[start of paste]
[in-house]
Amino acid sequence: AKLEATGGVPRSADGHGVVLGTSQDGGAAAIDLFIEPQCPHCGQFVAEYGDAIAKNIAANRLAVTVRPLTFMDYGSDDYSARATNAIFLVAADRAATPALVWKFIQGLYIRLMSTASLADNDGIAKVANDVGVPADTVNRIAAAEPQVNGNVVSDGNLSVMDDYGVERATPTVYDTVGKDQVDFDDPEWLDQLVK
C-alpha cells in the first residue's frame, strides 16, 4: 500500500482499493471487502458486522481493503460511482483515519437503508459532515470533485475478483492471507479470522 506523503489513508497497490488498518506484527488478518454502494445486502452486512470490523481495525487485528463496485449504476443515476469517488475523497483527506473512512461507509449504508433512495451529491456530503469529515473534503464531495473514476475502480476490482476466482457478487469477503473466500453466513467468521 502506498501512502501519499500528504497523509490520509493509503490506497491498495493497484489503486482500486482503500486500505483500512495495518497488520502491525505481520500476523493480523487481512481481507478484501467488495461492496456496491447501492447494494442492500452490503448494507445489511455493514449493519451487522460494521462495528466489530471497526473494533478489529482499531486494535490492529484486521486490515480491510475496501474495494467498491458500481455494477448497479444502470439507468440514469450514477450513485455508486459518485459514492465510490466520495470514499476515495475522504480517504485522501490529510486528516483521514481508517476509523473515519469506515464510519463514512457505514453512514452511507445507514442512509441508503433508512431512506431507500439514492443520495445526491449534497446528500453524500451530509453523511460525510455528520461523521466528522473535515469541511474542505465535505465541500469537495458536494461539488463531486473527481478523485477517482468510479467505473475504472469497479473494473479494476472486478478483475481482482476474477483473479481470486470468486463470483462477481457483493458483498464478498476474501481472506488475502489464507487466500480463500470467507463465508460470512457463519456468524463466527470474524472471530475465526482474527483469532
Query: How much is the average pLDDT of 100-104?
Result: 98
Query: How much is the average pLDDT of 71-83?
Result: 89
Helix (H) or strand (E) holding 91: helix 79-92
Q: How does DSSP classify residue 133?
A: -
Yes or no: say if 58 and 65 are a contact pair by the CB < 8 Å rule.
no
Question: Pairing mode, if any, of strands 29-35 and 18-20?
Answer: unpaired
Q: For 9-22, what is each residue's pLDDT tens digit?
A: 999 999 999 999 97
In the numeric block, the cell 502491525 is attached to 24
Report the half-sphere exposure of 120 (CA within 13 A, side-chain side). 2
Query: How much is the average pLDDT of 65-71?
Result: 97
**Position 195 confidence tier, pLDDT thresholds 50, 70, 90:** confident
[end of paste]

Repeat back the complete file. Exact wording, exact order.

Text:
[in-house]
Amino acid sequence: AKLEATGGVPRSADGHGVVLGTSQDGGAAAIDLFIEPQCPHCGQFVAEYGDAIAKNIAANRLAVTVRPLTFMDYGSDDYSARATNAIFLVAADRAATPALVWKFIQGLYIRLMSTASLADNDGIAKVANDVGVPADTVNRIAAAEPQVNGNVVSDGNLSVMDDYGVERATPTVYDTVGKDQVDFDDPEWLDQLVK
C-alpha cells in the first residue's frame, strides 16, 4: 500500500482499493471487502458486522481493503460511482483515519437503508459532515470533485475478483492471507479470522 506523503489513508497497490488498518506484527488478518454502494445486502452486512470490523481495525487485528463496485449504476443515476469517488475523497483527506473512512461507509449504508433512495451529491456530503469529515473534503464531495473514476475502480476490482476466482457478487469477503473466500453466513467468521 502506498501512502501519499500528504497523509490520509493509503490506497491498495493497484489503486482500486482503500486500505483500512495495518497488520502491525505481520500476523493480523487481512481481507478484501467488495461492496456496491447501492447494494442492500452490503448494507445489511455493514449493519451487522460494521462495528466489530471497526473494533478489529482499531486494535490492529484486521486490515480491510475496501474495494467498491458500481455494477448497479444502470439507468440514469450514477450513485455508486459518485459514492465510490466520495470514499476515495475522504480517504485522501490529510486528516483521514481508517476509523473515519469506515464510519463514512457505514453512514452511507445507514442512509441508503433508512431512506431507500439514492443520495445526491449534497446528500453524500451530509453523511460525510455528520461523521466528522473535515469541511474542505465535505465541500469537495458536494461539488463531486473527481478523485477517482468510479467505473475504472469497479473494473479494476472486478478483475481482482476474477483473479481470486470468486463470483462477481457483493458483498464478498476474501481472506488475502489464507487466500480463500470467507463465508460470512457463519456468524463466527470474524472471530475465526482474527483469532
Query: How much is the average pLDDT of 100-104?
Result: 98
Query: How much is the average pLDDT of 71-83?
Result: 89
Helix (H) or strand (E) holding 91: helix 79-92
Q: How does DSSP classify residue 133?
A: -
Yes or no: say if 58 and 65 are a contact pair by the CB < 8 Å rule.
no
Question: Pairing mode, if any, of strands 29-35 and 18-20?
Answer: unpaired
Q: For 9-22, what is each residue's pLDDT tens digit?
A: 999 999 999 999 97
In the numeric block, the cell 502491525 is attached to 24
Report the half-sphere exposure of 120 (CA within 13 A, side-chain side). 2
Query: How much is the average pLDDT of 65-71?
Result: 97
**Position 195 confidence tier, pLDDT thresholds 50, 70, 90:** confident